Grandma knew the river would be high. The snowpack was still melting even in mid-July. The ranchers in the valley would be wearing grins like hogs at a slop bucket as they saw their pastures and hayfields sprout with the bounty from the San Juans. She always had water for her own herd and hay crop, since grandpa had dug a ditch from Devil’s Creek to fill a couple of large ponds on the upper and lower pastures. Devil’s Creek never dried up – Charles had picked the right spot for his ranch and worked hard to make a go of it.
Grandpa had been a horseman – breeding, raising, riding, training and selling, often supplying US Calvary with mounts. He’d been in charge of the remuda for a stock drive when he discovered the San Juan Mountains in Colorado. He promptly bought out a small ranch and homesteaded additional acreage. Elected a county commissioner,, he was on track to prosperity when he was paralyzed by a stroke. Now he was laid up and the ranch was Grandma’s responsibility Since he could no longer handle the place and only he had the skill with horses, Grandma sold the horses and bought cattle, which required only hard work and optimism. The older children could do a lot around the place, but some things were still up to her
Since cattle are a once-a-year profit, if at all, the day-to-day expenses and sustenance had to be found elsewhere. Grandma had grown up ‘hard’, having taken over the household at the age of ten when her mother died. Aside from household skills, she was a fine gardener and able to maximize the short growing season of the High Country. In addition to vegetables, she kept chickens and hogs and was able to buy what she could not produce by selling vegetables, eggs, chickens and pork to Lake City, the nearby mining community. That was her goal today – taking a a buggy load to town to exchange for salt and flour and whatever. When push came to shove, she was simply doing what it takes.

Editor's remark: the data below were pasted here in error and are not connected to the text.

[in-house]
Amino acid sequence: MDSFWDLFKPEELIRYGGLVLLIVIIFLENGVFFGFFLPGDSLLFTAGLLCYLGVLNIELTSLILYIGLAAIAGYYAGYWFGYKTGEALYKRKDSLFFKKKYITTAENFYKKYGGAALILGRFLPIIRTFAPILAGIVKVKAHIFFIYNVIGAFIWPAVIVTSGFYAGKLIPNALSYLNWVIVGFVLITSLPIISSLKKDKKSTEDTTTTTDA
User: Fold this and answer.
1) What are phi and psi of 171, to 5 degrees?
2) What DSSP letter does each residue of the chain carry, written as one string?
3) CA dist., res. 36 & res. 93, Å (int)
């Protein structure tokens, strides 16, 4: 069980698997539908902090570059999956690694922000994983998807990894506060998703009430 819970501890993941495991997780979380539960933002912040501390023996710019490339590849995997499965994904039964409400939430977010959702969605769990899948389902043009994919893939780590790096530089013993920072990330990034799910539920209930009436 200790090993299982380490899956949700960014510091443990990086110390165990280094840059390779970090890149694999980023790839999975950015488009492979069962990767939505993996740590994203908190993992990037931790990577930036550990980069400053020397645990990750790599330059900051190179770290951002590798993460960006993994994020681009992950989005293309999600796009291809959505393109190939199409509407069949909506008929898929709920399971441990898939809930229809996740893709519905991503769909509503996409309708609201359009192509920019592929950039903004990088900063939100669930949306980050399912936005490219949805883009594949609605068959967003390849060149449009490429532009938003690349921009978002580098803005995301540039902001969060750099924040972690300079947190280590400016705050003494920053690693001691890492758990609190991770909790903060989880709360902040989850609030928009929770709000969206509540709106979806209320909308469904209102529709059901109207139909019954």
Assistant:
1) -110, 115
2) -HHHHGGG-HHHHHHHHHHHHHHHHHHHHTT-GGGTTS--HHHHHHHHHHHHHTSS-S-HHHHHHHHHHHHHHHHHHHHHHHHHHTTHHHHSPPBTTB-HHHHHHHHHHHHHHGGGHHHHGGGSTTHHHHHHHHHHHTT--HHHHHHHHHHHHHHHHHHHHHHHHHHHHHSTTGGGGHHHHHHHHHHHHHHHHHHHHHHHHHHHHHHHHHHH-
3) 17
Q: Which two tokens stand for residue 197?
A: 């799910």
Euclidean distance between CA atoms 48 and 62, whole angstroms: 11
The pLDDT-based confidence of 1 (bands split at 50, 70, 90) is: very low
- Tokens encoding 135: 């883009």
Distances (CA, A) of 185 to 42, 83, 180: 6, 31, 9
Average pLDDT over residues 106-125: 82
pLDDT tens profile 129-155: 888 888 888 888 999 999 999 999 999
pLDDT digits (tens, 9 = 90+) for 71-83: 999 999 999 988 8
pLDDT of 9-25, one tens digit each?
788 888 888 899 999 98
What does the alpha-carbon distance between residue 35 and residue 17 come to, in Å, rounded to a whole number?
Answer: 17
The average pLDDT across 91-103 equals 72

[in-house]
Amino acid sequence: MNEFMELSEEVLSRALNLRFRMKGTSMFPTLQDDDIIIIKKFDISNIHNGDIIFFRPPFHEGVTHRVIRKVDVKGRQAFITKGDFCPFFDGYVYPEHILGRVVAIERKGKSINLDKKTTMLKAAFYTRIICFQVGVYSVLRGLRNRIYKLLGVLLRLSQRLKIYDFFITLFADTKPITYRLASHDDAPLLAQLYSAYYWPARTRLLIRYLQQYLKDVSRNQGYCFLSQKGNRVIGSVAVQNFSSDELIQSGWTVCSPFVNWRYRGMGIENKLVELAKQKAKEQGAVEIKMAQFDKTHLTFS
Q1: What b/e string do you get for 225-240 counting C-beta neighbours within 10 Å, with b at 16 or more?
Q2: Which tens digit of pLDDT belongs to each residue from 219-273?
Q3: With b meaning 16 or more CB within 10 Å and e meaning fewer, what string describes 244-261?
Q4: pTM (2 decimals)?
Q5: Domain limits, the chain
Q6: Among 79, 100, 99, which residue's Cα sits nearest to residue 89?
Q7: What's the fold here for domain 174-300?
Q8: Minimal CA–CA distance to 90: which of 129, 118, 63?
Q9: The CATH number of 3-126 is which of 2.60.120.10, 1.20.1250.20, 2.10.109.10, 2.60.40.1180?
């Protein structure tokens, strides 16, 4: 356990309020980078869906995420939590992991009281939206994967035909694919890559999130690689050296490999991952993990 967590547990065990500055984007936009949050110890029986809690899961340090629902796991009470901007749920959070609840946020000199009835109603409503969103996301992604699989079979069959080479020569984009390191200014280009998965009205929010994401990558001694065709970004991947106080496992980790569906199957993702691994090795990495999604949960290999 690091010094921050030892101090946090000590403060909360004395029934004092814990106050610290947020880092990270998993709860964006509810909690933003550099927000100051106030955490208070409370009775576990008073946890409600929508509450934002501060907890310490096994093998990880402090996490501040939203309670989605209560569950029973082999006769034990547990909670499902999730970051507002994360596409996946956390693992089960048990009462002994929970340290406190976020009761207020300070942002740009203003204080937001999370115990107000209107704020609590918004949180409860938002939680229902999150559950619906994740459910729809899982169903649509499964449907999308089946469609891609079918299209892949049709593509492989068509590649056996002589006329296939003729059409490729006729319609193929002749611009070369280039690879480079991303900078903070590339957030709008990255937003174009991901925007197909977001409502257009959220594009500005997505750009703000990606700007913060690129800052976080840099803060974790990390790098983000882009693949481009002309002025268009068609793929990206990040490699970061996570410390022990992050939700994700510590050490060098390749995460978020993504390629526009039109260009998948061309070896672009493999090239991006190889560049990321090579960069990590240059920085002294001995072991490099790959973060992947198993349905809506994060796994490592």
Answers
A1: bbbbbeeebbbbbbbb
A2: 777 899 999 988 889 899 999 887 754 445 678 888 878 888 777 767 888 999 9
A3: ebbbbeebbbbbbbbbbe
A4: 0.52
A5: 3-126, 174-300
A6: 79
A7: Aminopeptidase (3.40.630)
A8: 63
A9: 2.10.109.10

When she reached the Lake Fork., the water was higher than she’d ever seen it, but she tucked her dress up and headed into the ford, the water flowing over the wagon bed and carrying away an occasional bag of peas. The family dog plunged into the river in a vain attempt to retrieve them, only to have the flimsy bags break up in his mouth. Managing to cross, Grandma proceeded the eight miles to town and conducted her business.
Returning home, she found the river even higher and completely impassable. Her only choice was to go over the High Bridge, where the D&RG line ran through her lower pasture. The wooden trestle bridge stood 125” above the river – and was never intended for a horse and wagon. Fearful of the risk, she sent the children across on foot, except for Herbert, her oldest boy. He wrapped his jacket over the horse’s head so it wouldn’t be spooked by seeing the terrifying drop, then led it across the bridge by the bridle, the horse delicately feeling its way from railroad tie to railroad tie, the wheels bumping up and down with the gaps between ties. Home again, home again, jiggety-jig.
“Some people have more guts than you can string on a bob-wire fence”.
– Betty Wallace